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Editorial 2003 -
Summer Movies -Cultural Imperialism- British Beaches

This summer belongs to Arnie, naturally. Unbelievably he has decided on running against Gray Davis for the Governorship of California in October. Can California be fixed? Will the voters be voting for a robot or Kindergarden Cop? I am sure our own James Campion will be writing on this subject soon. It seems crazy that the most dynamic microeconomy on planet Earth (which California is) can be so close to bankrupcy. Arnie is taking on a lot and some pretty wierd opponents.

T3 is in all the screens and it is surprisingly funny and successful in Europe and elsewhere– despite the bleak subject matter (that of the obliteration of the human race). Of course John Connor looks a tad different to Eddie Furlong these days and bears no resemblance to the first John Connor in T1, but maybe that is a quibble. All I can say that combine the noses of Clare Danes and this new guy and the next human race is going to look pretty mutated with or without the bombs going off.
(* Note: JT Brown our Japanese correspondent is working on an article about robotics for the September edition of Hacks)T3 broke records in Japan. For some reason the Japanese love robot movies and robot running amuck and destroying everything in their path most of all. Perhaps in a well ordered society like Japan they have a permanent need for destruction. Godzilla and Akira come to mind and T3 fits the bill. There is a lot of destruction and gratuitous violence. Nevertheless T3 seems to me to be only half a movie. It just gets going and then stops. It isn’t that Arnie is too old, or the Terminatrix doesn’t get any good dialogue to say other than ‘nice car’, but perhaps it needed to move the story on beyond the day they survived Judgement Day and how they found the army of people they needed to fight the machines.
I guess we will have to leave that to T4.

Why take it seriously? Well it has been a bad year for movies this year and the rash of sequels are just not satisfying to watch. Bad Boys 2 hasn’t opened in the UK yet, but it follows like all the rest with massive drop offs in the second week (53%) and Tombraider 2 looked dire even in the trailer. Sinbad doesn’t appeal, Legally Blonde 2I am sure all the best lines were in the trailer. (I have since been dragged kicking and screaming to it and it was the most dire weak, pathetic film I have seen in months. Avoid! ) American Wedding (American Pie 3) I am sure will open number one in the USA but surely this franchise has run out of steam by now. Gigli starring Ben Afflect and J-Lo is a turkey and there should be a law to prevent Hollywood couples from playing love scenes together.

There are some basic requirements in a blockbuster. It should thrill, have some witty dialogue or engage us emotionally. The Matrix Part Two failed on all counts, most of the rest have been pretty half hearted. (I guess Tarantino’s ‘Kill Bill’ with Uma Thurman will grab all the headlines but somehow I think it will be more about excess and special effects than drama. Nevertheless I know many people who can’t wait to see it.)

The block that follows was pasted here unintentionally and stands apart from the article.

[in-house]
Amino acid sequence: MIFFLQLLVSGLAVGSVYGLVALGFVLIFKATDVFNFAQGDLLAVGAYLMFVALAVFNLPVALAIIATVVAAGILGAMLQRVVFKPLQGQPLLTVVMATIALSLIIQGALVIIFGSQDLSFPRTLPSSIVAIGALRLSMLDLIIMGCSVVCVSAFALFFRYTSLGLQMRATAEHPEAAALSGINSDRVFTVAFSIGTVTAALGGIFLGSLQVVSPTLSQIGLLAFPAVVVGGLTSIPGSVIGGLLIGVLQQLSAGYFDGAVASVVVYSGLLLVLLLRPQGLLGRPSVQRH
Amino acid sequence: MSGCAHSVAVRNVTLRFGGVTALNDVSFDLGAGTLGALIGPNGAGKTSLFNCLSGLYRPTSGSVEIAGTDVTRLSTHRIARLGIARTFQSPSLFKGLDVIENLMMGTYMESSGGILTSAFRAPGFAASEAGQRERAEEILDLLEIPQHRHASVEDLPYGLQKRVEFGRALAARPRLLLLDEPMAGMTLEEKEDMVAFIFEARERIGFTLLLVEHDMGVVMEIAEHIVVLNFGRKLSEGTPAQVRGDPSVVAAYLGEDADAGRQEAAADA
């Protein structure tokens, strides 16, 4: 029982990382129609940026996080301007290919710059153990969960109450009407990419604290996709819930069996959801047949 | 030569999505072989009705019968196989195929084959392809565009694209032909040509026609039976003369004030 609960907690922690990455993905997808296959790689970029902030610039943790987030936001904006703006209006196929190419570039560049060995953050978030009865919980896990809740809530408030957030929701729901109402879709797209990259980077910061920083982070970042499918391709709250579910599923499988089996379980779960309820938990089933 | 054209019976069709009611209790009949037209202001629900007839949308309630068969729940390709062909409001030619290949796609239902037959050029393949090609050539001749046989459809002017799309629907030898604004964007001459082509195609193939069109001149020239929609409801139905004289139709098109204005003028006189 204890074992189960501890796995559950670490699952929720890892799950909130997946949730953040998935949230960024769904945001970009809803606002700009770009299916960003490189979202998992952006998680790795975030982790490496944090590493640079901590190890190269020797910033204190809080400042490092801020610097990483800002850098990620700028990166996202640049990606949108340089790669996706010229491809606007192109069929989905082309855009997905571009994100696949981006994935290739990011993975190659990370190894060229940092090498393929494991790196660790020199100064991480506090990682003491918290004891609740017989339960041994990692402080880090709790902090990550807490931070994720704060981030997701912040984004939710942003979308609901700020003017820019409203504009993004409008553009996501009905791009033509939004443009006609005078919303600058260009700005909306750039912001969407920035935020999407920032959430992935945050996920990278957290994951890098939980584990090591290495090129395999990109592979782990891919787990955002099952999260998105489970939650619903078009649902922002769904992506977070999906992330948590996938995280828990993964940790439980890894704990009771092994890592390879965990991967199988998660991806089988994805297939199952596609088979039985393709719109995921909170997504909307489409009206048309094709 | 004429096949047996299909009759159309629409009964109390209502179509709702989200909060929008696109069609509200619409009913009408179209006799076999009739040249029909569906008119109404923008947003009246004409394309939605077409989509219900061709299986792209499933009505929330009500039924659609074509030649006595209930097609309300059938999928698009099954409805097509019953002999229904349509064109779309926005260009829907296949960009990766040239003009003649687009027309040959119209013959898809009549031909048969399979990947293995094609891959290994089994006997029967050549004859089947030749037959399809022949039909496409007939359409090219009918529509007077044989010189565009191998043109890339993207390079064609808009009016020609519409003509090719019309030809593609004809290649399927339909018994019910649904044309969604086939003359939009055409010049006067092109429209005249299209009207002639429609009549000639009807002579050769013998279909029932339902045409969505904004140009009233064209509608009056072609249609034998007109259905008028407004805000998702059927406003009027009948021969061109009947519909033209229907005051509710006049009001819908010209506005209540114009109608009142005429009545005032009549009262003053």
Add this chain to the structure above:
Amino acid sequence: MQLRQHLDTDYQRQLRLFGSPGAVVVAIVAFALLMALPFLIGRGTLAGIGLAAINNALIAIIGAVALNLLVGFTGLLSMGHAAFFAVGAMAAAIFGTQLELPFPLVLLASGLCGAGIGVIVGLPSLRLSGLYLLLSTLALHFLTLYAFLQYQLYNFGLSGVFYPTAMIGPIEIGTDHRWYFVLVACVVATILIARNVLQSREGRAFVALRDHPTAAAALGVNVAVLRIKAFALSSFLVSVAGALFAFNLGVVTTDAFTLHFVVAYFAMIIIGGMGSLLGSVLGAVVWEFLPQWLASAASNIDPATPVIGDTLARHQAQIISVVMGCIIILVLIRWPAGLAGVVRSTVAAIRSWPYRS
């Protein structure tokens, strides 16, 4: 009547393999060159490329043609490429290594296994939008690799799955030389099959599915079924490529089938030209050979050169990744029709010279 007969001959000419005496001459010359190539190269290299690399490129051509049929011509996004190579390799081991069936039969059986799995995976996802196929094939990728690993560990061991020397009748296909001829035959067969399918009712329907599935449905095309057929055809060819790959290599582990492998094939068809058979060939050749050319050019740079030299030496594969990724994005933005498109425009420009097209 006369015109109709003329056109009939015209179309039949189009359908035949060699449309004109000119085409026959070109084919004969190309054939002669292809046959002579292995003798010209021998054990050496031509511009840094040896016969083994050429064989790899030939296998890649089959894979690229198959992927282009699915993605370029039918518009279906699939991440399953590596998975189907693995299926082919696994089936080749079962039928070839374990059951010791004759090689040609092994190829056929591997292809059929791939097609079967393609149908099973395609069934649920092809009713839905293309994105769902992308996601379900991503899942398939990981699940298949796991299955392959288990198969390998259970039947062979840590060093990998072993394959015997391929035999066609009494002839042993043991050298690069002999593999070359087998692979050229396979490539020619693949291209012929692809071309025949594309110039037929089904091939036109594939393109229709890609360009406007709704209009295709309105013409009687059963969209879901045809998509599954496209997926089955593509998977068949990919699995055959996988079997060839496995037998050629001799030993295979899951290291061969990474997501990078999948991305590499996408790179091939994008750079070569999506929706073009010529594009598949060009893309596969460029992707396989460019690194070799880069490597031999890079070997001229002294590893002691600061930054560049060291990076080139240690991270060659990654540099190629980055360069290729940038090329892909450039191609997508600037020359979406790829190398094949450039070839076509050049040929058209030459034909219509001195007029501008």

It’s August, why bother going to the cinema at all?
Well there are kids to be entertained for one. Then you need something to do when you aren’t at work or if you are on holiday. TV is just a dead-zone in the summer. Cinema should be able to provide all the entertainment you need. Somehow I am not leaning towards a new movie called Danny Deckchair (on release in Australia) mostly because it has Rhys Evans in it. Other than Notting Hill, try and think of any film with him in it that was worth watching. The Shipping News? Now there ‘s a gem of a movie disaster.

Looking at the tide of ‘entertainment’ coming the UK’s way this summer
Spy Kids 3-D will be a blast. The last two were fun and opened at number one in the US. It is on release during August all over the UK. Pirates of the Caribbean (starring Johnny Depp) will be funny and it’s nearly taken $200 million in the US market alone
The League of Gentlemen (with Sean Connery) looks clunky. (The very poor Trailers doomed it early on) and Seabiscuit (Toby Mcquire and a racehorse) will probably not travel well in Europe given that we don’t know much about American racehorses.

There are European movies too, but looking at box office returns all over Europe in Screen International you can see the complete domination of US film. From Hulk, to Charlies Angels, Bruce Almighty,T3,The Italian Job and Daddy Day Care, it’s damn hard for any European or UK film to penetrate the market. The only UK films that have succeeded are Johnny English (Rowan Akinson comedy) and 28 Days Later (horror). In country after country it is hard to spot something ‘local’. In France ‘Seven years of Marriage’ ‘Les Enfants De La Pluie ( A French -S Korean movie) have drawn audiences. But there is a film 'And Now Ladies and Gentlemen' Directed by Claude Lelouch starring Jermey Irons and Kaas that has broken out and is playing in New York and LA.
In Japan ‘Battle Royale 2 : requiem’ and ‘Spy Sorge’ are the only two to keep The Core or 8 Mile at bay.
American cultural domination is almost total. Can we fight back? Will it be possible to get audiences to demand local cinema, ineed is there an audience for British film?